You’re never entirely sure what you need to know to write a book.
Even a well defined project like a non-fiction research project will have avenues that arise based on your initial research. Things will strike you that you hadn’t thought about when you first started the project. And this is a really good thing. Writing projects aren’t just about sharing what’s inside you, it’s about learning more about the world around you. Even the things about which you consider yourself an expert have whole areas yet to be exposed.
But sometimes this can get in the way of writing a good chapter.
Writing and researching are two really different sets of skills, or at the very least two different mindsets. Writing likes to flow, to keep going from one word to the next, without stops for an hour to figure out a single word or the correct way to describe something. You can always go back in revision right?
Take the latest section of Surreality revision, which is back in full swing. I went downtown last summer to do some site research, both to map out several of the more critical locales and action sequences, but also to get a good sense of place, and of course tons of pictures. You’d think that with a picture of the thing I’m describing in front of me I’d be all set. But as it turns out I don’t have a knowledge of how to describe different architectural styles coded into my brain automatically.
My method sometimes is just to plow through on what I do know. To muddle out a description that sometimes involves made up words, obfuscation, and educated guessing. This is fine for keeping the story moving when writing. The description is important, but I’ve always been a more plot oriented writer so it’s not something I dwell on except when the details are important to the story.
But this approach can be a bear in revision, particularly when my editor (the Little Red-Haired Girl) comes upon a mangle of sentences in the middle of a scene. Fortunately, we’ve learned that it’s best to edit together, with the book up in Google Docs, so I can give instant feedback on what the hell I was trying to say, and she can ding me for my lack of research.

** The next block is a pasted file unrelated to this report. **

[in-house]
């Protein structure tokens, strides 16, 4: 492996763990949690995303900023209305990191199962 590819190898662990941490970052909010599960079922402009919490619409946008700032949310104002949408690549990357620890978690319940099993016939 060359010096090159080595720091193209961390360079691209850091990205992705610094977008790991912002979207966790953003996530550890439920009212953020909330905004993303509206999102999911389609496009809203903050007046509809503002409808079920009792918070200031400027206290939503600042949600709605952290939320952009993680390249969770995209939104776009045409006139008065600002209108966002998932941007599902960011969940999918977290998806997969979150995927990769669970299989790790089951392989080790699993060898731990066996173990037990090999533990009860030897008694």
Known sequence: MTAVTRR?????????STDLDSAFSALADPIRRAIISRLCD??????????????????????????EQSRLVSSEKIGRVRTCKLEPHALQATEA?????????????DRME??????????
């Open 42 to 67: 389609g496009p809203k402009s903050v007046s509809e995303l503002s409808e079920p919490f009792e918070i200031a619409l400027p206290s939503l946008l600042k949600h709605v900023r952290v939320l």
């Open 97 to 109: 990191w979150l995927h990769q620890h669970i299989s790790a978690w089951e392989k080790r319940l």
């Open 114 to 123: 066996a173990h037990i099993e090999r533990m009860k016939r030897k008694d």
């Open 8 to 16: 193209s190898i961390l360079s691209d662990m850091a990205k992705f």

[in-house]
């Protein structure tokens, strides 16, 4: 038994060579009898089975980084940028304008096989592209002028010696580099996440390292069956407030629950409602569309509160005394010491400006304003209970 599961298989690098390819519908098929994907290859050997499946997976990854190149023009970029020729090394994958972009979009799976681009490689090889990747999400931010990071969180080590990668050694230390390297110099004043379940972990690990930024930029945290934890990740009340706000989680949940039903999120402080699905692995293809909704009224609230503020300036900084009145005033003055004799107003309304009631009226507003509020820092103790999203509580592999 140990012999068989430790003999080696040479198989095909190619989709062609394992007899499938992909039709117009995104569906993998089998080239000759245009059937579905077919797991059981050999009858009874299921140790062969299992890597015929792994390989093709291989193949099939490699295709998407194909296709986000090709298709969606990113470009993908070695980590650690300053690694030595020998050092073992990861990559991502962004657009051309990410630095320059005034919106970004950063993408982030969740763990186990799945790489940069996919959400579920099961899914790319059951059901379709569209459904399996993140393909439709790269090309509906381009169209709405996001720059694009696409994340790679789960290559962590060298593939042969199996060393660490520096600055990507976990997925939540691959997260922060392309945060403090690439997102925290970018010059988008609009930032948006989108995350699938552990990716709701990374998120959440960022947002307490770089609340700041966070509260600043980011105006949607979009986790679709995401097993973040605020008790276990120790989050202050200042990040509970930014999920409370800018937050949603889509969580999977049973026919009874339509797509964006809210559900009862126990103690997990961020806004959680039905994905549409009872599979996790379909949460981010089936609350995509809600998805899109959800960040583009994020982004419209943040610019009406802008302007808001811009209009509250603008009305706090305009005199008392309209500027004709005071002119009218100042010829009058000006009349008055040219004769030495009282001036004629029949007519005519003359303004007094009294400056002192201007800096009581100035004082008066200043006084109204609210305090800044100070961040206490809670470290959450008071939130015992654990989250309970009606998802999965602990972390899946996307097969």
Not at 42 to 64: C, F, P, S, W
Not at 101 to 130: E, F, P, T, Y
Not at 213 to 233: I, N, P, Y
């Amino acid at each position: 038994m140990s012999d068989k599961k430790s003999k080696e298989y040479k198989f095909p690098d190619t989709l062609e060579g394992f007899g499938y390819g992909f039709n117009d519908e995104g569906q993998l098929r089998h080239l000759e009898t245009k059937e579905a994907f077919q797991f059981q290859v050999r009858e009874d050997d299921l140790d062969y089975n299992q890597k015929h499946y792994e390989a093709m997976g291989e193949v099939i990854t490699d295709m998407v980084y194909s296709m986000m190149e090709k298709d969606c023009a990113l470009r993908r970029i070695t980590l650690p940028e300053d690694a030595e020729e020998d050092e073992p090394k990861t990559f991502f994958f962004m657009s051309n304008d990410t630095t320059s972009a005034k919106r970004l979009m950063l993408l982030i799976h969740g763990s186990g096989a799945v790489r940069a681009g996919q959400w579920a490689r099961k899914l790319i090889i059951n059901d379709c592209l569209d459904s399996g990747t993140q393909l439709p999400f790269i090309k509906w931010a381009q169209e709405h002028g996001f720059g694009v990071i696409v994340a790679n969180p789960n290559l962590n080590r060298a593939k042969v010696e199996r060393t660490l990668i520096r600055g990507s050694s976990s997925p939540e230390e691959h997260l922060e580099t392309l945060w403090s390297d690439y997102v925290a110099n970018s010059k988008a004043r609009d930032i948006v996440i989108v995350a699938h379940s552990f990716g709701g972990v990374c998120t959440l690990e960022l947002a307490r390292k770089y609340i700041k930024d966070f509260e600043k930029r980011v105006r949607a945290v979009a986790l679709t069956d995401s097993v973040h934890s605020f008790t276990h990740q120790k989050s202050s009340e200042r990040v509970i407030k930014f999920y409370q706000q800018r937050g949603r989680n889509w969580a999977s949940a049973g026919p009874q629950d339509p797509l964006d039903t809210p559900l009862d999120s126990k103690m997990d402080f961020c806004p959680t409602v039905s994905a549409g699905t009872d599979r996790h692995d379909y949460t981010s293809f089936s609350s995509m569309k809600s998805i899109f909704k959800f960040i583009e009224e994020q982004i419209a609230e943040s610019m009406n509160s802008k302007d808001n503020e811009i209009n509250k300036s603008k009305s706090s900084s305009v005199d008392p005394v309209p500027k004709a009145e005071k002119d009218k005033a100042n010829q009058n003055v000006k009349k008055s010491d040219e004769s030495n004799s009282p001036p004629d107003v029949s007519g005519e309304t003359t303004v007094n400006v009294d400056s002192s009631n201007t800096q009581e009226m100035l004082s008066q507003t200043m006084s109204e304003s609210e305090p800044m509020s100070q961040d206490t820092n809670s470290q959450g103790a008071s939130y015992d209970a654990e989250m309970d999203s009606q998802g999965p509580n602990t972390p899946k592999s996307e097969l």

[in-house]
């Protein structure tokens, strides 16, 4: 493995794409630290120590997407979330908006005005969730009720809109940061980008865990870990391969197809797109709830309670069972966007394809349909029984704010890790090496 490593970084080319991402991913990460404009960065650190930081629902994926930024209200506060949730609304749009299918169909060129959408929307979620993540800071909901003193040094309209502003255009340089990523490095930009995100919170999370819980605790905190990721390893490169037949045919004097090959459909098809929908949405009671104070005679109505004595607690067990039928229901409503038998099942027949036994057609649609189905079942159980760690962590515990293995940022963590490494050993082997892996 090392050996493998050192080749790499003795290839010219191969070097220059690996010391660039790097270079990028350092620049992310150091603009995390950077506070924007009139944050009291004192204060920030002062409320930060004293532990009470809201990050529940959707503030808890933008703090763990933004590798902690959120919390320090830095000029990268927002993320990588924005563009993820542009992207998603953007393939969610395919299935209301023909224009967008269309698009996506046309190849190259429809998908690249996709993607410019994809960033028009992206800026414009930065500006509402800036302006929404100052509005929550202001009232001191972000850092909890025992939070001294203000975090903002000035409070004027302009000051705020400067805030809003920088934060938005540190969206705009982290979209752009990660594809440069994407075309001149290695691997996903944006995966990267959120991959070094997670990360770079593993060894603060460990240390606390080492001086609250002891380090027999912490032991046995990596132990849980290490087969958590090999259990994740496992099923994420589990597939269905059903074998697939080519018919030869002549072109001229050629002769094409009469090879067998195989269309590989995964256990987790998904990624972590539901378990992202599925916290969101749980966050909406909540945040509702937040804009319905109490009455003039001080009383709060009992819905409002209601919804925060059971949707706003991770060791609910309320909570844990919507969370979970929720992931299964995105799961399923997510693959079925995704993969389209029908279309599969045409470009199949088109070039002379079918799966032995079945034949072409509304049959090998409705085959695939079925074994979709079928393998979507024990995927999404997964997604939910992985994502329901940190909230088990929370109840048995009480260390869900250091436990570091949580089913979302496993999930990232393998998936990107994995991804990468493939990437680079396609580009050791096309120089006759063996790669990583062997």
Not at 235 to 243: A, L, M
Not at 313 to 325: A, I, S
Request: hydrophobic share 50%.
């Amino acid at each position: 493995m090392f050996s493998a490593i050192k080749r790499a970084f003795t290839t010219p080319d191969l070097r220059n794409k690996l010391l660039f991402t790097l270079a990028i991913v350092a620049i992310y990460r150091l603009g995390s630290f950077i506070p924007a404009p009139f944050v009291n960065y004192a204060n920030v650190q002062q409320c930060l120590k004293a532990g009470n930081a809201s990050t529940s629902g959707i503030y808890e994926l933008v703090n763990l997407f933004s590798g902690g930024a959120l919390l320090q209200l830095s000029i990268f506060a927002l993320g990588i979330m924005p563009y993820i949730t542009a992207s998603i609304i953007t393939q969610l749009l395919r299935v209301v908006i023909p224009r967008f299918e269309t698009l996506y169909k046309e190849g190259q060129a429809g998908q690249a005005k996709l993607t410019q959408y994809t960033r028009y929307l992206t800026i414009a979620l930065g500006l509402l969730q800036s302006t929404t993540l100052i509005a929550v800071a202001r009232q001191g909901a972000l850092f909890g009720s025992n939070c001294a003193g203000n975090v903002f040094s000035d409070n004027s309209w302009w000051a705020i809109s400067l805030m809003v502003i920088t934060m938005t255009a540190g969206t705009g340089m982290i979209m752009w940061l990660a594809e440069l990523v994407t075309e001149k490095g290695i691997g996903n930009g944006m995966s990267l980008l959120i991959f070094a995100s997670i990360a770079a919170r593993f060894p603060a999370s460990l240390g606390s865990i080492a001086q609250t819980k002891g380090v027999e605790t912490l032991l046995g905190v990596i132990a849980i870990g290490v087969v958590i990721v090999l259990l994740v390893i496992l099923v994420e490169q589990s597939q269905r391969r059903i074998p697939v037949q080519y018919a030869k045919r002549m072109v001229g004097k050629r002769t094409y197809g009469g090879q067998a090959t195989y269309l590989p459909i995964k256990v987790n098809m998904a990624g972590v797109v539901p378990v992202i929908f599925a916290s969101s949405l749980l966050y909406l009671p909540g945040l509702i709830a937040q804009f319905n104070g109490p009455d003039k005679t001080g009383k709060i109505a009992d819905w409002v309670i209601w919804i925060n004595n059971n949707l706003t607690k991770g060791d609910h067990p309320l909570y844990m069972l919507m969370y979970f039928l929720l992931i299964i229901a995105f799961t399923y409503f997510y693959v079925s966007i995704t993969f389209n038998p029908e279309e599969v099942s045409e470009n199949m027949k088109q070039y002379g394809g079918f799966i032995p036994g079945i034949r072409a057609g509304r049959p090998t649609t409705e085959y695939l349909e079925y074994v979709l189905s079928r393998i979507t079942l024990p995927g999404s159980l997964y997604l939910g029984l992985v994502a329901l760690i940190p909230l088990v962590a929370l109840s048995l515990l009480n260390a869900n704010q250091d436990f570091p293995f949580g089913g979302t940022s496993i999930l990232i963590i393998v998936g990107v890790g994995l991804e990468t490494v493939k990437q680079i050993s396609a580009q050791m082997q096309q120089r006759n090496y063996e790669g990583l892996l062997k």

While the end product is a lot better, it would probably remove a lot of initial frustration if I just wrote [insert description of staircase here] and moved on. Maybe put down a note to do that research later. That way the flow of my draft writing would not be interrupted, and I could come back on a different day to take a deep dive of that particular paragraph.
Because I do like picking apart a single sentence or a string of a couple and making it the best I possibly can. For someone who writes a ridiculous amount of words, I can admire what an economy of them can do, especially if you know the right word.
Funnily or not this is not a problem I have as much with non-fiction work. I think this is because the the focus of a non-fiction project is fairly specific to one topic, and as deep a dive of that topic as possible. Plus, a lot of the research is done up front, with the writing process only happening once you’ve got a pretty good sense of the research. Fiction is one of those animals where you can be plodding along and suddenly bump into a topic you never realized you needed to know something about.
What’s the weirdest thing (or the thing that took you the most time for maybe only a sentence or two of payoff) you’ve had to research for a story?